I picked up this article on Twitter yesterday, which seemed at first to make a veiled version of the classic “money doesn’t matter” argument, or at least that’s how the tweets and headlines were spun. The article is somewhat more thoughtful, discussing many reasons why teacher salaries vary and how those variations are largely tied to differences in taxable property wealth across Illinois school districts, but the article misses a real opportunity to shed light on some striking disparities across the state and across districts within the Chicago metro area.
So, how might we better understand salary variation across Illinois school districts and children, and whether that variation is problematic or not? First, we know that teachers matter! Second, we know from work by Hanushek and Rivkin that the uneven distribution of teaching quality by racial composition of students can explain substantial portions of the growth in achievement gap – black-white gap – between 3rd and 8th grade. http://faculty.smu.edu/millimet/classes/eco7321/papers/hanushek%20rivkin%2002.pdf To quote:
Unequal distributions of inexperienced teachers and of racial concentrations in schools can explain all of the increased achievement gap between grades 3 and 8. (p. 1)
Further, we know from these same authors in an earlier study that:
Table 7 suggests that a school with 10 percent more black students would require about 10 percent higher salaries in order to neutralize the increased probability of leaving. (p. 38 of PDF, not numbered)
Recap – Two major factors determining how well kids do in school are the characteristics of the other kids in the same class and the quality of their teacher. Unfortunately, the characteristics of kids in a given class affects who typically ends up teaching that class. Classrooms with greater shares of minority children end up with less well educated, less experienced teachers. This, in combination with peer effects, produces substantial disparities in outcomes which grow over time. Salary differentials might help to offset these disparities.
As such, it would likely be quite problematic if the teacher salaries in Illinois – WITHIN ANY GIVEN LABOR MARKET – were systematically lower in districts with higher concentrations of black and/or black and hispanic children. By cursory analysis it is rather difficult to disentangle the adverse affect of salary alone. That is, you can’t just take average salaries and try to relate them to average test scores, and then conclude that salaries don’t matter, but student characteristics do. The reality is that the two simultaneously matter and interact in important ways.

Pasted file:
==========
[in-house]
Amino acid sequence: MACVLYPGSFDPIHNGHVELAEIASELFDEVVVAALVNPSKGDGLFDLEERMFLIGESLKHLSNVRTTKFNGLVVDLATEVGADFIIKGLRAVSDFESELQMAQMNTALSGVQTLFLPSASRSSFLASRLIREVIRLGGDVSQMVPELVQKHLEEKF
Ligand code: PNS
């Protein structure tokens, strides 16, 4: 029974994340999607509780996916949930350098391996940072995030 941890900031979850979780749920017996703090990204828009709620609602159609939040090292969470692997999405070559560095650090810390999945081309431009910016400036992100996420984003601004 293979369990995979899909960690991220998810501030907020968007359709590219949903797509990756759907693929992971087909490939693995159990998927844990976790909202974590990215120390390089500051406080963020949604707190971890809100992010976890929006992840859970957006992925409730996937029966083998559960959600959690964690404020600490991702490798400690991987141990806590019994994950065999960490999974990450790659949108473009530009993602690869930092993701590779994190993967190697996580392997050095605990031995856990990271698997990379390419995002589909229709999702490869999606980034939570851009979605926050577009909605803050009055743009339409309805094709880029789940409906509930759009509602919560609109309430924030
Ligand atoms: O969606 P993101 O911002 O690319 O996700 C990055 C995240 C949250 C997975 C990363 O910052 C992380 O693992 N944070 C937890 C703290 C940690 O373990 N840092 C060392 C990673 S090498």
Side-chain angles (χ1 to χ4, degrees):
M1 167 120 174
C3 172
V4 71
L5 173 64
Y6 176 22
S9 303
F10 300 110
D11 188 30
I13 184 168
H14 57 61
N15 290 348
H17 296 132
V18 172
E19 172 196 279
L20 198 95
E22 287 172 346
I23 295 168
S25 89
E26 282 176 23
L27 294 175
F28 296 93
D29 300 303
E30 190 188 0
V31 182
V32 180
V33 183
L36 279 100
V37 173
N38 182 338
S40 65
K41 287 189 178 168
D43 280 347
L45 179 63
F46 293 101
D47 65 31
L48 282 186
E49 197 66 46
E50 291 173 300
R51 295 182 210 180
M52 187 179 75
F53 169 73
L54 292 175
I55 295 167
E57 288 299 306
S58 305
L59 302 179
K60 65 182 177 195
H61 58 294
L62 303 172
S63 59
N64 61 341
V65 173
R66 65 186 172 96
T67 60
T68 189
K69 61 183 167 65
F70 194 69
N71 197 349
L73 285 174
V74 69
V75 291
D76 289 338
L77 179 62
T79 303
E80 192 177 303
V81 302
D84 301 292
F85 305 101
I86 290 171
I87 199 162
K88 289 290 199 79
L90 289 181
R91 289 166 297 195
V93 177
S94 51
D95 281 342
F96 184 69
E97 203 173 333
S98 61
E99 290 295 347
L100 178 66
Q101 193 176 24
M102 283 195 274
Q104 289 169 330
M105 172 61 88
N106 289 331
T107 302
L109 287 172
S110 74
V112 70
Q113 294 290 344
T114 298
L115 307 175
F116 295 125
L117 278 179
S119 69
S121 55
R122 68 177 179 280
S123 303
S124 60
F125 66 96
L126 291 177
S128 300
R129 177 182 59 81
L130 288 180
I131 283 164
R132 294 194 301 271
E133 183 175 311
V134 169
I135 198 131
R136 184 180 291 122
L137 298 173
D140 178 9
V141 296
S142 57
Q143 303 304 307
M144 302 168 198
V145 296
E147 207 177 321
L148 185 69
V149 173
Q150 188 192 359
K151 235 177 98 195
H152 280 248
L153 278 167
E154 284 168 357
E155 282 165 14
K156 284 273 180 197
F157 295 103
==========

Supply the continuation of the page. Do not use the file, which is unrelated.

In many states, salaries and overall funding are actually comparable between districts with higher minority concentrations and other districts and in some states salaries and overall funding are actually higher (though not necessarily enough higher) in higher minority concentration districts (see: http://eric.ed.gov/ERICWebPortal/custom/portlets/recordDetails/detailmini.jsp?_nfpb=true&_&ERICExtSearch_SearchValue_0=EJ718694&ERICExtSearch_SearchType_0=no&accno=EJ718694.)
OH, BUT NOT IN ILLINOIS!
In my most recent analysis of individual teacher salary data for 2004 to 2008 in Illinois, I find that for a full time teacher, at constant contractual months, same degree level and same experience, and compared to districts in the same labor market, the teacher in a school that is majority black and Hispanic children, is paid about $2,000 less per year. Further, a teacher with a masters degree makes about $8,500 more per year. And, teachers in majority minority schools in Illinois are only about 60% to 70% as likely to hold a masters degree as teachers in predominantly white schools in the same labor market in Illinois.
We also know that the dropout rate is over 7% higher in majority minority districts compared with other districts in the same labor market. The mean ACT is over 4 points lower and the mean proficiency rates on state assessments are about 20% lower in majority minority districts compared to predominantly white districts in the same labor market.
These are striking disparities. And in Illinois, unlike many other states, state policymakers have applied no financial leverage to attempt to resolve these disparities. No harm no foul? doubtful!